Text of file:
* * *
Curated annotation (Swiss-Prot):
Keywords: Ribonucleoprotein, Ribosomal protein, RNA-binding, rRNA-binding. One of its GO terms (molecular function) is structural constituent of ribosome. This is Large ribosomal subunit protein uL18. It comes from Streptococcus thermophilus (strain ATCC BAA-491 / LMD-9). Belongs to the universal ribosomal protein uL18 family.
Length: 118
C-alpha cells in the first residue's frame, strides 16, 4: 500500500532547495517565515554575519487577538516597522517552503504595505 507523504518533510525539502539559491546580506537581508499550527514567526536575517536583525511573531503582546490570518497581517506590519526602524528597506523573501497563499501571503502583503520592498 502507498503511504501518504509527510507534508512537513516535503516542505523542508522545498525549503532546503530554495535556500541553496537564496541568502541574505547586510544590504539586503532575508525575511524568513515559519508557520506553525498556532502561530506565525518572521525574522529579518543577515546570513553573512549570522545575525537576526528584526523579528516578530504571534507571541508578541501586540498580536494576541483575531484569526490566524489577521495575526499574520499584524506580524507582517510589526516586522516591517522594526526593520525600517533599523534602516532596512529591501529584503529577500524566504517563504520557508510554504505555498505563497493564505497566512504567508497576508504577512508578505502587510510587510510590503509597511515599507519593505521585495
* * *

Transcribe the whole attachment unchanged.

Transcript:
Curated annotation (Swiss-Prot):
Keywords: Ribonucleoprotein, Ribosomal protein, RNA-binding, rRNA-binding. One of its GO terms (molecular function) is structural constituent of ribosome. This is Large ribosomal subunit protein uL18. It comes from Streptococcus thermophilus (strain ATCC BAA-491 / LMD-9). Belongs to the universal ribosomal protein uL18 family.
Length: 118
C-alpha cells in the first residue's frame, strides 16, 4: 500500500532547495517565515554575519487577538516597522517552503504595505 507523504518533510525539502539559491546580506537581508499550527514567526536575517536583525511573531503582546490570518497581517506590519526602524528597506523573501497563499501571503502583503520592498 502507498503511504501518504509527510507534508512537513516535503516542505523542508522545498525549503532546503530554495535556500541553496537564496541568502541574505547586510544590504539586503532575508525575511524568513515559519508557520506553525498556532502561530506565525518572521525574522529579518543577515546570513553573512549570522545575525537576526528584526523579528516578530504571534507571541508578541501586540498580536494576541483575531484569526490566524489577521495575526499574520499584524506580524507582517510589526516586522516591517522594526526593520525600517533599523534602516532596512529591501529584503529577500524566504517563504520557508510554504505555498505563497493564505497566512504567508497576508504577512508578505502587510510587510510590503509597511515599507519593505521585495